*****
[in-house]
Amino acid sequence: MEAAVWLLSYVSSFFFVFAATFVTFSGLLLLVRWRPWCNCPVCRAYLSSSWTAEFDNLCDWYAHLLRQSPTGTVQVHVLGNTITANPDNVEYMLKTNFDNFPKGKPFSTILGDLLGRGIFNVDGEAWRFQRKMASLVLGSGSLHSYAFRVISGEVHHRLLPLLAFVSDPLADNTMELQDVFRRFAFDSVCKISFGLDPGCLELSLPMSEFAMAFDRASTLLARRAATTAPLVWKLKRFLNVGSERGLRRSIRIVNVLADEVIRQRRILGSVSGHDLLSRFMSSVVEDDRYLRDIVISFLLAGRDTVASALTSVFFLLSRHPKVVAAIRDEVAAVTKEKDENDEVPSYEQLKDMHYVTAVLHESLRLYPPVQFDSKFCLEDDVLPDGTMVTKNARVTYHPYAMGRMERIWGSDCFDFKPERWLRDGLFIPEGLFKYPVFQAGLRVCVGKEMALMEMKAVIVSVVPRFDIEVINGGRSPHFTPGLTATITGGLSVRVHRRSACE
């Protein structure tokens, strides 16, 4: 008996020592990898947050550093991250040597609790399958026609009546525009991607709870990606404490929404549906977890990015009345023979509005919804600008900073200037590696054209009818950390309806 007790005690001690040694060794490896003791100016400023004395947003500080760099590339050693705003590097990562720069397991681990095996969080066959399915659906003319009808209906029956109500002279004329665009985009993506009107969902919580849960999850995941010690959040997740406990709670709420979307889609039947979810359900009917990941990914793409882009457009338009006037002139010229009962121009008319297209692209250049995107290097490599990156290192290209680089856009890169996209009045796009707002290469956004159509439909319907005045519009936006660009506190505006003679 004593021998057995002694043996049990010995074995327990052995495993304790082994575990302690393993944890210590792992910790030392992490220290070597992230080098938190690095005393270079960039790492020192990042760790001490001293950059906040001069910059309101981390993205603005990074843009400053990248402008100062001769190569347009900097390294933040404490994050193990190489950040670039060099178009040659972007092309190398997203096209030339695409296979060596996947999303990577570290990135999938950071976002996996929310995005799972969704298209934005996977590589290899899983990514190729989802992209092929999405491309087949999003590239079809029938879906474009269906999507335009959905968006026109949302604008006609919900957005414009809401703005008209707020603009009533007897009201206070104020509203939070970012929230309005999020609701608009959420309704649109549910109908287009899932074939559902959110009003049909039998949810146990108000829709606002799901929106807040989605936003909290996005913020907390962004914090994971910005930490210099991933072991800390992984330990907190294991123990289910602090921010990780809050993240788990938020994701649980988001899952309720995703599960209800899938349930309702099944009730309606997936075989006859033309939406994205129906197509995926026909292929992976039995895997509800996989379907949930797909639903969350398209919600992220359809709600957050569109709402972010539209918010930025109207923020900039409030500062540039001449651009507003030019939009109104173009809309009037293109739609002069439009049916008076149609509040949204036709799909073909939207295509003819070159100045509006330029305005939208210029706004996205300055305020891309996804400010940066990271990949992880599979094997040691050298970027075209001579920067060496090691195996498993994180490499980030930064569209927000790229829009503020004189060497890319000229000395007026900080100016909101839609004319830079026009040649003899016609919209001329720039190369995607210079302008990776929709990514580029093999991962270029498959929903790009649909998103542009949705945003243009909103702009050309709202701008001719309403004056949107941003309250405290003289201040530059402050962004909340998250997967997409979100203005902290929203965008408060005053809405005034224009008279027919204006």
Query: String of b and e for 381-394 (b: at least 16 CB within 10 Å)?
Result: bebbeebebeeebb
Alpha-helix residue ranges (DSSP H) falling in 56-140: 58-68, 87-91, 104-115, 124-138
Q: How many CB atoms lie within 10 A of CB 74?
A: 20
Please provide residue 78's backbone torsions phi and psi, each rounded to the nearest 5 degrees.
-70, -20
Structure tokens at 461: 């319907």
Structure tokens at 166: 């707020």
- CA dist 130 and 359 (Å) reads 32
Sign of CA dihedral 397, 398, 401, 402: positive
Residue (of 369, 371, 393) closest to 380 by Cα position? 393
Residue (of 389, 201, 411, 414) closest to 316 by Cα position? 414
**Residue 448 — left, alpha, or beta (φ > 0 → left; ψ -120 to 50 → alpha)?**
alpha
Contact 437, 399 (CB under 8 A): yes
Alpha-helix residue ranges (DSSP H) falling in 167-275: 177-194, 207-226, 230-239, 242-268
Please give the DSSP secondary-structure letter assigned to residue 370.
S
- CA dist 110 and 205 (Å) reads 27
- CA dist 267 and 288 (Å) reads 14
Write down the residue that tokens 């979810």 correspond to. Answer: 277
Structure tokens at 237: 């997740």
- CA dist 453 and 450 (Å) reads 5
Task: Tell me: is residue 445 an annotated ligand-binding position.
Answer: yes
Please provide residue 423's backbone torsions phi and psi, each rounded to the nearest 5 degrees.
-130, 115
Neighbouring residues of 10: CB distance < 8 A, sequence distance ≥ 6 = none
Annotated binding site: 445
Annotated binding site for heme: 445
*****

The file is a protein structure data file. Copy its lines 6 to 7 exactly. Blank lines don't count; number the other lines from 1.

Alpha-helix residue ranges (DSSP H) falling in 56-140: 58-68, 87-91, 104-115, 124-138
Q: How many CB atoms lie within 10 A of CB 74?